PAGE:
According to a report from Reuters, Apple CEO Tim Cook will praise the European General Data Protection Regulation (GDPR) as a privacy model that the U.S. should emulate. This is according to an early look at prepared remarks that Cook will deliver at a conference of international data protection regulators being held Brussels, Belgium.
Other technology company CEOs will reportedly address the conference via pre-produced video and won’t appear in person. Cook is the keynote speaker and will be present.
Growing momentum for federal privacy legislation. GDPR is not well liked by most U.S.-based technology companies because of its restrictions on data usage and the compliance burden that it imposes. California’s Consumer Privacy Act (CCPA), set to go into effect on January 1, 2020, is the U.S. law closest to GDPR, although it is less strict in many respects. CCPA was passed in order to head off a California ballot initiative that would have been even stronger.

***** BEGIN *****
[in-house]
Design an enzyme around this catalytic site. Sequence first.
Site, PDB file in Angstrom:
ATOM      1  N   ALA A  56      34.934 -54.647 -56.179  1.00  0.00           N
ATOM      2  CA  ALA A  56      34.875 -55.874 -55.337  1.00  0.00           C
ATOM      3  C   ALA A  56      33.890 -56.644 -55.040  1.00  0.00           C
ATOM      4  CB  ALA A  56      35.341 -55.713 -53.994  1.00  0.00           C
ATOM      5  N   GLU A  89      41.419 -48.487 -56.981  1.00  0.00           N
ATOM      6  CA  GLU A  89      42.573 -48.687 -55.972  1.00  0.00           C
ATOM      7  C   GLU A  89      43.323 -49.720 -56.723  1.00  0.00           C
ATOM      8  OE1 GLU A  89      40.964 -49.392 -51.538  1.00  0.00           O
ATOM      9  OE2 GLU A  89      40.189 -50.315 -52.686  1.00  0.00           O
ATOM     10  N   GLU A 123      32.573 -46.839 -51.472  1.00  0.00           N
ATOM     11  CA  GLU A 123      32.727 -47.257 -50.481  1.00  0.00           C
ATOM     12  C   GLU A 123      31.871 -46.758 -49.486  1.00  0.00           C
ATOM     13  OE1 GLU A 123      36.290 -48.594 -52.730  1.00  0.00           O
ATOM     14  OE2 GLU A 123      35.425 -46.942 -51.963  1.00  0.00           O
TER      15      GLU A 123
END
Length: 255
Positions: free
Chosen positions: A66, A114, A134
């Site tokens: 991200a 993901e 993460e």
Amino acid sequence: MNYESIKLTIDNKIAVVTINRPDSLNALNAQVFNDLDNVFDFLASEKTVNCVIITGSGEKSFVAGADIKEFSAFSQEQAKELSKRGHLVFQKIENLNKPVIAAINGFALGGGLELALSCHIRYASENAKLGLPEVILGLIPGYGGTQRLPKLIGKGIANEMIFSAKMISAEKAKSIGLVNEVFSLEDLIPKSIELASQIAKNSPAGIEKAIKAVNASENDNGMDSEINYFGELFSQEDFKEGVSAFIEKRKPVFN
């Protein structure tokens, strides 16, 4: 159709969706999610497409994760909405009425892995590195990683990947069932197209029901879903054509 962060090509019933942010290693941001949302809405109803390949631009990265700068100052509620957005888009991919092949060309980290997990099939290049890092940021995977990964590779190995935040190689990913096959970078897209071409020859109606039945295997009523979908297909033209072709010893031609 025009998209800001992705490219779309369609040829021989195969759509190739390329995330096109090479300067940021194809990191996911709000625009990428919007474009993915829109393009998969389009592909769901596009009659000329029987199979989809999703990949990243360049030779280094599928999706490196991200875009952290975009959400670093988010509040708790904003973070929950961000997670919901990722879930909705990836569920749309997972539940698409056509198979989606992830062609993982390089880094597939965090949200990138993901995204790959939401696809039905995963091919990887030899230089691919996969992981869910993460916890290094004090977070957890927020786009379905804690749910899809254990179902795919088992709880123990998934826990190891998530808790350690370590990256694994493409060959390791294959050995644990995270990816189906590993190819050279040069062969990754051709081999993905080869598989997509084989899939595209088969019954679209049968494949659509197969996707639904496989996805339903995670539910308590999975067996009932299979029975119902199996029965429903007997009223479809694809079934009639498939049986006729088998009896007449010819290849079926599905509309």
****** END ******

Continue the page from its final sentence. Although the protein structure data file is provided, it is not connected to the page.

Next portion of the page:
Alarm over CCPA and the possibility that other states may pass similar laws has generated a renewed push for federal privacy and data security legislation that would preempt state law and avoid a patchwork of rules that companies would be forced to deal with. However, many technology companies are seeking weaker federal rules that won’t restrict their behavior and use of data significantly.
Apple to call for comprehensive U.S. rules. In his conference remarks, Apple’s Tim Cook will also call for comprehensive federal privacy rules in the U.S. But Cook’s favorable view of GDPR could put Apple at odds with other tech company peers, which want less restrictive rules.
Unlike Facebook, Google, Amazon and others, Apple doesn’t make significant revenue from advertising — although a recent financial analyst report from Bernstein projects that Apple will see roughly $2 billion in App Store ad revenue in 2020.
What it means for marketers. Given the existence of CCPA, new privacy rules are coming to the U.S. The only questions that remain are: 1) will a new federal law be passed before CCPA goes into effect in 2020 and 2) how strict will it be? With Apple seeing GDPR as something of a model for the U.S., it’s clear there won’t be unanimity in Silicon Valley around specific requirements.
This could mean that any eventual federal regulations are tougher that what the tech companies currently want.